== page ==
TOPEKA — The U.S. Supreme Court ruled by narrow 5-4 margin Thursday to to uphold the federal health care law and extend health coverage to 350,000 Kansas residents, or about 13 percent of the population who don’t now have it.
The decision was a setback for Kansas Gov. Sam Brownback and fellow conservatives, who say the law infringes on Americans’ civil liberties.
“Stopping Obamacare is now in the hands of the American people. It begins with electing a new president this fall,” Brownback said in a terse, one-line statement issued after the decision was announced.
Kansans who’ve been debating the controversial plan since its passage in 2010 say the controversy is far from over.
“One way or another, this thing will continue to be litigated for at least another four or five years,” predicted Art Hall, a University of Kansas economist who has studied the potential consequences of federal health programs on the Kansas budget.
Kansas, like many other states seeking to overturn the Affordable Care Act, have been putting off much of the procedural spadework that will be needed to implement what the U.S. Supreme Court left standing, Hall said. Federal officials seem similarly unprepared to create machinery, such as health-care exchanges, that the law requires them to produce if states don’t come up with their own versions.
So with lots to do, little time to do it and partisans on both sides of the debate seemingly determined to continue pushing their view, “anything that appears to solve anything will be litigated,” Hall said.
The ruling means Kansans now more than ever “need protection from government mandates that define their choices,” said state Sen. Mary Pilcher-Cook, R-Shawnee.
Pilcher-Cook said — before the full ruling was announced — when the state Legislature reconvenes in January she planned to reintroduce a proposed Kansas Health Care Freedom amendment to the state constitution that would exempt state residents from the universal coverage and other requirements.
Kansas legislators passed and Brownback last month signed legislation making those exemptions state law, but not part of the state constitution.
For now, though, Thursday’s ruling in Washington means, “there will be a lot more suits filed over specific provisions of the law,” Pilcher-Cook predicted.
State Rep. John Rubin, R-Shawnee and a staunch Affordable Care Act opponent, said he fears the verdict will be costly.
“It already has been,” Rubin said. “We’ve spent $5 million to $10 million we didn’t need to build a state computer system that could accommodate Obamacare.”
But that’s small change compared to some larger consequences Rubin said he fears from the decision.
Rubin is no fan of the federal legislation’s so-called individual mandate, which required everyone to buy health insurance to help control insurers costs for paying for health care.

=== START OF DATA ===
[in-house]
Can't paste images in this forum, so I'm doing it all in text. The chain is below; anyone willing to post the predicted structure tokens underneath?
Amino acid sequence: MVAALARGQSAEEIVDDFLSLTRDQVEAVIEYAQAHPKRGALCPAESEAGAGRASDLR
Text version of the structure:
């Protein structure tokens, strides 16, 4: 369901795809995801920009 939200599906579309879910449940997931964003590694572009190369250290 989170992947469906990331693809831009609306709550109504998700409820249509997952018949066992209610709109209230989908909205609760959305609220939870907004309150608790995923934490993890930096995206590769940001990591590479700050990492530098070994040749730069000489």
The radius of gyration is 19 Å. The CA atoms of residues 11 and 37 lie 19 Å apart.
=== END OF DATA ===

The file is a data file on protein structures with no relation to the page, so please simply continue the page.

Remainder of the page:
Rubin contends that requirement is unconstitutional, but said overturning that requirement would have brought harsher consequences.
“Without universal coverage, private insurance companies can’t survive,” Rubin said. “Healthy people won’t buy policies and the loss ratios insurances companies incur paying for the sick will be out of whack, which will put them out of business.”
- VA: Governor says ACA ruling will be ‘costly’ for Virginians
- FL: Court’s decision ‘vindication’ of Obama?
- WI: Walker says he won’t implement ACA in Badger State
- KS: Gov. says law infringes on civil liberties
- PA: Business professionals speak out against ACA
- PA: The ACA decision could affect Pennsylvanians young and old
- VA: Friend of my enemy is? Protesters from both sides decry Obamacare
- Experts: Health care ruling may fundamentally alter federal powers
- IL: No matter SCOTUS ruling, health care cost going up
- WI: Do Obamacare drug savings come at a cost for seniors?
- PA: Keystone State lawmaker says ruling is ‘unfortunate’
- IA: Branstad calls decision disastorous; urges Iowans to continue fight
- SKYLES: Counting conservative victories in a liberal health care decision
- MT: ‘Like Heroin’: Lawmakers worry about cost of Medicaid expansion after ‘free money’ goes away
- PA: ACA trickle-down could hamper economic growth
- SPARKS: The president’s theater of the surreal
- OK: Fallin, legislative leaders decry ‘ObamaCare’ ruling
- PA: Corbett says ‘respect for law’ is part of democracy
- MO: State’s health-care providers, lawmakers grapple with SCOTUS decision
- GREENHUT: ObamaCare decision helps a muddled GOP
- CO: AG finds ‘silver lining’ in Supreme Court’s ruling on Medicaid
- OK: History says earth is round, medical costs will rise under Obamacare